“We want a school with clear procedures, responsive staff and a commitment to creatively adapting to ensure that students are not falling behind during COVID-19 learning disruptions,” she adds.

A strong virtual option also seems to be tantamount for many families looking into schools right now. Some parents report having technical issues, others share concerns over the amount of screen time involved, while others are simply struggling to make it all work for them—and these worries will carry over into the school choice process until the pandemic is officially behind us.

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“Having an organized, communicative, transparent, and collaborative school leadership team and a committed staff have been crucial during the pandemic,” Beltzer says. “We don’t typically have many questions about strength of leadership during tours, but based on the many adaptations schools have made this year, it should be given greater consideration.”

In that vein, families should do their best to ask prospective schools about their overall policies regarding the pandemic and make their choices accordingly. National School Choice Week has partnered with MCH Strategic Data to offer additional insight into these matters, broken down by school districts.

Not Entirely Different

Amanda Thompson is a Park Hill mother of two searching for a new school for her daughter, who will be entering middle school next year. She is looking for a school that reduces their morning commute, as well as one with at least a 6 out of 10 rating on Great Schools, a nonprofit that helps families review and learn more about local schools. She is also seeking a “Blue” School via the local School Performance Framework, a rating system created by Denver Public Schools. While the coronavirus is on Thompson’s mind, it’s not her main concern.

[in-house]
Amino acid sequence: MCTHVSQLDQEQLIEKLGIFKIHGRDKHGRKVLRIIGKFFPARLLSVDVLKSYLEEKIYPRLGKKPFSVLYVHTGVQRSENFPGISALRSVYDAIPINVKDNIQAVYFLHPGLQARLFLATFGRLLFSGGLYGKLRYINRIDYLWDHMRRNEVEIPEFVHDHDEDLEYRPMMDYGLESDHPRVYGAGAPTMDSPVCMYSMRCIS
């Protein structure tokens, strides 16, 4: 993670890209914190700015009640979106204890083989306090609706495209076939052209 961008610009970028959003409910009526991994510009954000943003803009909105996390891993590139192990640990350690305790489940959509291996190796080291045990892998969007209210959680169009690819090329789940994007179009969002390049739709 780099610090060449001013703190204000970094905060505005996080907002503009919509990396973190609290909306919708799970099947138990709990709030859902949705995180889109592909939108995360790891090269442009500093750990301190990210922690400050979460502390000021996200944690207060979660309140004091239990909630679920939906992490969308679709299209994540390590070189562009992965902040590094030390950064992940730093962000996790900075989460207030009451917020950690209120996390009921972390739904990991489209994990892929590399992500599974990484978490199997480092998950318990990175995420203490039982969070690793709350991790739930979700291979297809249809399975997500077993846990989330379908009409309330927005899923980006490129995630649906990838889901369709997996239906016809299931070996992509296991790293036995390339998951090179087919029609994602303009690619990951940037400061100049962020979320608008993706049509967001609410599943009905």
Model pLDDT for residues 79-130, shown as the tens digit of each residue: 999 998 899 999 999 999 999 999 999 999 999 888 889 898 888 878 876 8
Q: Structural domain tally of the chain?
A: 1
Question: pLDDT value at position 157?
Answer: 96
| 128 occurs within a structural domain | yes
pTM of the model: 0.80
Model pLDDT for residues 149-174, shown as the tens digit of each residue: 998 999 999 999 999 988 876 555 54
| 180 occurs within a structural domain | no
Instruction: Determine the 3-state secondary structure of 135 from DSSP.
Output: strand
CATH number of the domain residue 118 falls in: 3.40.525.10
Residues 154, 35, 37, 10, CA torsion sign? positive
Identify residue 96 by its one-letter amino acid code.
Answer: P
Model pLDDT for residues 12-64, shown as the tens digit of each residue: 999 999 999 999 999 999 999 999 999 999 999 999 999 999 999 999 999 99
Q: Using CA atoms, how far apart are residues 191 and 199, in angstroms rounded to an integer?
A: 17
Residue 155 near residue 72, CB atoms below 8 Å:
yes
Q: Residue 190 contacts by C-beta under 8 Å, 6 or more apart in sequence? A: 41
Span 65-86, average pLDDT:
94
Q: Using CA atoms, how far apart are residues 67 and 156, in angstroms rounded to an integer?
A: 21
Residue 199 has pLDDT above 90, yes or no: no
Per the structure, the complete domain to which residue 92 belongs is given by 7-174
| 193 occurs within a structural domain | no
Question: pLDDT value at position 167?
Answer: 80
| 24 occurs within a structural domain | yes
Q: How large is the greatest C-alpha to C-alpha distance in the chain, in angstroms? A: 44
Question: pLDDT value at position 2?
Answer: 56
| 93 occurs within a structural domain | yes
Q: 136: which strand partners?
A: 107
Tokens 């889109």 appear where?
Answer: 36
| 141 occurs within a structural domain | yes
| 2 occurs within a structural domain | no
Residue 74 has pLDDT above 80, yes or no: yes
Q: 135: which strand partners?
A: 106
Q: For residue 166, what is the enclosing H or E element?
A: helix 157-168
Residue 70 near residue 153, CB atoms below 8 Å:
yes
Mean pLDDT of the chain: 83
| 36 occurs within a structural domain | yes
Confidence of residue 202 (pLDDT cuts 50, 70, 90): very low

“The COVID-19 protocols used in each school will certainly be an aspect of my decision if we have to continue these protocols in the fall of 2021,” she says, however, her greatest concern overall is school safety. “We had numerous school shootings and lockdown procedures prior to COVID-19…Seeing as (shootings) are a real threat here in Denver, how each school handles these threats is going to be very important to my decision.”

Overall, parents need to keep more than just the usual academics and activities in mind when researching schools for this year’s choice. And with more options than ever before thanks to the addition of virtual programs as well as the popularization of alternatives like homeschooling and unschooling, it’s clear families have their work cut out for them. Just remember as you research, be flexible when it comes to gathering information from the schools. All this is new to school faculty and staff as well, and they, too, are learning as they go.

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Priscilla Blossom is a freelance writer specializing in travel, parenting, pop culture, and wellness, who enjoys exploring Colorado with her small family.